- The Washington Times - Monday, March 17, 2003

"Agent Cody Banks" is a sorry attempt to repeat the success of the "Spy Kids" franchise, a pair of recent movies about underage spies who makelike James Bond and carry out various feats of derring-do.
This caper, with "Malcolm in the Middle" star Frankie Muniz in the title role, trades on that same formula, but its humor is flat, its special effects junky and its acting one big parodic mess.
The eponymous Cody is a typical teenager, except that he's, er, a CIA-trained secret agent. Not even his parents know; they thought they were sending their son to summer camp.
Cody's mission: to get chummy with the daughter (Hilary Duff) of a reclusive doctor (Martin Donovan) who's developing technology microscopic robots that "eat" everything in their path that potentially could destroy the world's communications system if a shadowy cabal led by a Dr. No-ish villain (Ian McShane) gets hold of it.
Lest you think our nation's intelligence masters would send a teenager on perilous missions without proper supervision, there's Cody's chaperone, Ronica Miles (Angie Harmon), a sultry brunette with clothes sense that would befit someone living in a space colony.
So this is what Miss Harmon left the brilliant "Law and Order" to pursue? Wearing tight, plastic suits and playing second fiddle to a teenage TV star? Snapping towels in a boy's locker room?
(The latter scene, by the way, is a little on the suggestive side, and parents with youngsters younger than, say, 14 may not appreciate it.)
Miss Harmon's career decision-making aside, let's get back to "Cody."
The CIA can't crack the case without our junior 007, but there's a catch: He's no good at talking to girls, and not just in the wooing sense. He literally can't talk to them and gets more tongue-tied than Sen. John Edwards on "Meet the Press."
What good is a secret agent if he can't wax suave with the ladies? And how are we to believe the CIA let Cody skip Charm 101?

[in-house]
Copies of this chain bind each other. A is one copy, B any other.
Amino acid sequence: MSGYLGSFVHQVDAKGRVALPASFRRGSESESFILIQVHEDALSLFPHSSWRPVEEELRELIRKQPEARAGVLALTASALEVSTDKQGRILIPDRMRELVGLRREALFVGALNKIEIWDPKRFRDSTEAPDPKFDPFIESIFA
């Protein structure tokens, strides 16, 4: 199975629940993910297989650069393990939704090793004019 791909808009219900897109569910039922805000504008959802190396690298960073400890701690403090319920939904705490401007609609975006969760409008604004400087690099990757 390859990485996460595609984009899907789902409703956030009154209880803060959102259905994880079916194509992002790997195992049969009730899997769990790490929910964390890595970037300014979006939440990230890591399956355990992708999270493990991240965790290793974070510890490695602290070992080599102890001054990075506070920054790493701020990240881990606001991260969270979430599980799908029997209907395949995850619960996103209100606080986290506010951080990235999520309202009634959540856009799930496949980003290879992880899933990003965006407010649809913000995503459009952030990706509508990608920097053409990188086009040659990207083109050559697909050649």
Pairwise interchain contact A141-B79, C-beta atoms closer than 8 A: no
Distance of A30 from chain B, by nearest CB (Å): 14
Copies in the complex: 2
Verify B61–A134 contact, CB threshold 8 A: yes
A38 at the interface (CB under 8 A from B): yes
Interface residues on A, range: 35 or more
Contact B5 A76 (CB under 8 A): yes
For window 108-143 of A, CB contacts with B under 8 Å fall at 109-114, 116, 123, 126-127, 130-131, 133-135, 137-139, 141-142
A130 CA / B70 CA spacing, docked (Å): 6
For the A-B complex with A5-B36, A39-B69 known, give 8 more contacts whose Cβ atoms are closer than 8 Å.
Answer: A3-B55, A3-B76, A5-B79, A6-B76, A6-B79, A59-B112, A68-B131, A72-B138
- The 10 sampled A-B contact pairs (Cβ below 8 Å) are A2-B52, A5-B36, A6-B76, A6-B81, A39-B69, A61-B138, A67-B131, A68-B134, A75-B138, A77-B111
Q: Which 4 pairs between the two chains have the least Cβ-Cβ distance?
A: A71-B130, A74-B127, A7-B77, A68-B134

With a little help from "Saturday Night Live's" Darrell Hammond, the teenage secret agent gets a crash course in impressing the chicks.
Mr. Hammond, barely funny here, also plays Cody's gadgets man. There are X-ray sunglasses (perfect for peeking at female chests, of course), suction-cup shoes, solo helicopterlike pods and being billed as first for the big screen a look at the Segway Human Transporter .
Remember all the hype about this mod scooter device, the ballyhooed invention people were simply calling "It"? The U.S. Postal Service uses these transporters; how revolutionary can they be?
Why couldn't this movie have given as much attention to the human element of its story line? The prevailing attitude of "Cody" is that young people want merely to be wowed by tech-heavy effects, which is true, up to a point.
Teenagers aren't stupid, however; they want a movie like this to have some meat on its computer-generated bones.
A good standard by which to judge a film geared for a young audience is to see if adults like it, too. Think "Shrek" or the earlier-mentioned "Spy Kids."
Parents, I suspect, will be making a second trip to the concession stand in the middle of this one.
"Want some more popcorn, son?" "Really? Can I?" "Yes, but only this once."
The problem with "Cody" is not that it's silly or fantastical. Those are pardonable movie sins. The problem with "Agent Cody Banks" is that it's silly without being funny, fantastical without being enchanting.
What's left?
Nothing but a retreaded plot, a chilly love story and a bunch of toys.

"Agent Cody Banks"
PG (Action violence, mild profanity and sexual suggestiveness)
Directed by Harold Zwart
110 minutes

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